You’re considering getting your children started in some local sporting events. But are you going for recreational soccer or competitive? Which kind of sport is best for your child – Recreational versus Competitive Teams? What are the differences?
Differences between Recreational and Competitive Teams
Recreational teams are teams that simply get together for fun. There may not be much instruction in rules or technique. For example, a recreational kids’ soccer geared toward 3-4 year olds might involve a lot of running games and kicking activities that help ready kids for the skills they will need when they one day play competitive soccer. They’ll get a workout, they’ll run around, and they’ll have a lot of fun without anyone winning or losing.
Competitive teams are more serious. There are official rules, there may be referees, timers, and there’s something at stake. Coaches expect their players to have proper equipment, have a solid skill set and a good understanding of the rules. There will be more cheering and perhaps some jeering from players or even the sidelines.
Pros and Cons
The pros of competitive teams are that the kids gain confidence, learn the rules, develop their athletic skills and develop a lifelong ability to work as a team. They also develop a thick skin for trash talk and have a chance to truly compete.
The cons of competitive teams are the very fact that they are competitive. Your child might have to try out and might not make the team. He or she could get benched. There will be trash talk, there will be winners and losers, and sometimes a loss will be the fault of a particular player.
The advantage of recreational teams is that it’s truly just for fun. Things are less serious, there’s exercise involved, and everyone’s a winner. But, it can also be a disadvantage that everyone’s a winner – this is the situation in which everyone may receive a trophy, ribbon or certificate of participation. Your child may miss out on some important life lessons without that competitive edge.
How to Decide Which Team Your Child Needs
1. Recreational teams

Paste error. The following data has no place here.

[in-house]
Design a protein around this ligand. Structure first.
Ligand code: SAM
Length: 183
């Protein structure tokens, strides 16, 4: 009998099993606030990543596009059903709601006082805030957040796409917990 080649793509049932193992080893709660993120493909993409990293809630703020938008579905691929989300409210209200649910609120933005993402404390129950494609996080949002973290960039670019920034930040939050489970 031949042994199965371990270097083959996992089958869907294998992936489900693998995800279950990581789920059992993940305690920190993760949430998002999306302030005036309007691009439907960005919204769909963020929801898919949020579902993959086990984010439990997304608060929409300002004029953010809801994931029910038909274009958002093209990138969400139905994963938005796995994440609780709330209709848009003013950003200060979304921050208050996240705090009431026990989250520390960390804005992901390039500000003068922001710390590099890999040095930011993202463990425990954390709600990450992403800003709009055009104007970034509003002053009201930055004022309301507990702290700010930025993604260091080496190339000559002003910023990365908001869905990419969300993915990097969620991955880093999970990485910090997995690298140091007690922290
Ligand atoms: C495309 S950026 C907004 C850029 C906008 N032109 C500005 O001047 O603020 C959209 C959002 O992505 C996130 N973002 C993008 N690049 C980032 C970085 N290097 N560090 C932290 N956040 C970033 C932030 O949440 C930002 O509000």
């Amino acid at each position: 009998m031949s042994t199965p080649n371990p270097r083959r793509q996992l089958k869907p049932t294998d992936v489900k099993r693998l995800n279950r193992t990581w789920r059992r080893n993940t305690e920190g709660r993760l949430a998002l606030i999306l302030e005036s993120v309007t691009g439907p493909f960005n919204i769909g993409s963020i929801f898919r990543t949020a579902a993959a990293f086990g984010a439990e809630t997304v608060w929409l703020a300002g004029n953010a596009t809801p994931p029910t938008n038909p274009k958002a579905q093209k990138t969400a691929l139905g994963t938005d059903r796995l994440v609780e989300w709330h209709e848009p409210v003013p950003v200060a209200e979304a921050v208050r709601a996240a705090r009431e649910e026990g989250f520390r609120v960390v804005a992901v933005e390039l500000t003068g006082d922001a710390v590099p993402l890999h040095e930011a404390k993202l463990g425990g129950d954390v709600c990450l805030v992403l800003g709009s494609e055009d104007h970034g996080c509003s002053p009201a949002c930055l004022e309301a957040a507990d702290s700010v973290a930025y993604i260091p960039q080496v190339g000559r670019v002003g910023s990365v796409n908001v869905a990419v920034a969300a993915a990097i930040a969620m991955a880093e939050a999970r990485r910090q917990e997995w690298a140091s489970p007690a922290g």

For younger kids who are just learning, many experts recommend recreational teams. The kids get exercise, have exposure to the game and get a general idea about skills and necessary equipment. Some types of kids who may be best suited for recreational teams include:
* Young children
* Children new to a sport
* Children with confidence issues
* Children (or adults) that simply want to have fun
* Children or adults that simply want exercise
* Children with special needs
2. Competitive teams
Older kids, perhaps upper elementary or middle school, and high school-aged kids are ready for competitive teams. These are the kids that are able to understand and follow the rules. They have a strong skill set and are willing to work on techniques; they are ready for a challenge. They have a thick skin to handle criticism, pressure, and are able to keep fighting even when things look bleak.
Competitive teams teach kids about hard work, effort, dealing with trash talk, following rules, improving techniques, and understanding that sometimes people make mistakes. They are suitable for:
* Older children
* Children capable of understanding and following the rules
* Children who enjoy a challenge
* Children who are ready to work in teams
* Children who may need to develop a thick skin
* Children able to handle wins and losses
Sports and teams of all types are available through school, local camps and community recreational facilities, and religious and neighborhood organizations. Whether you choose a recreational or competitive team, you’re sure to find something your child will enjoy.
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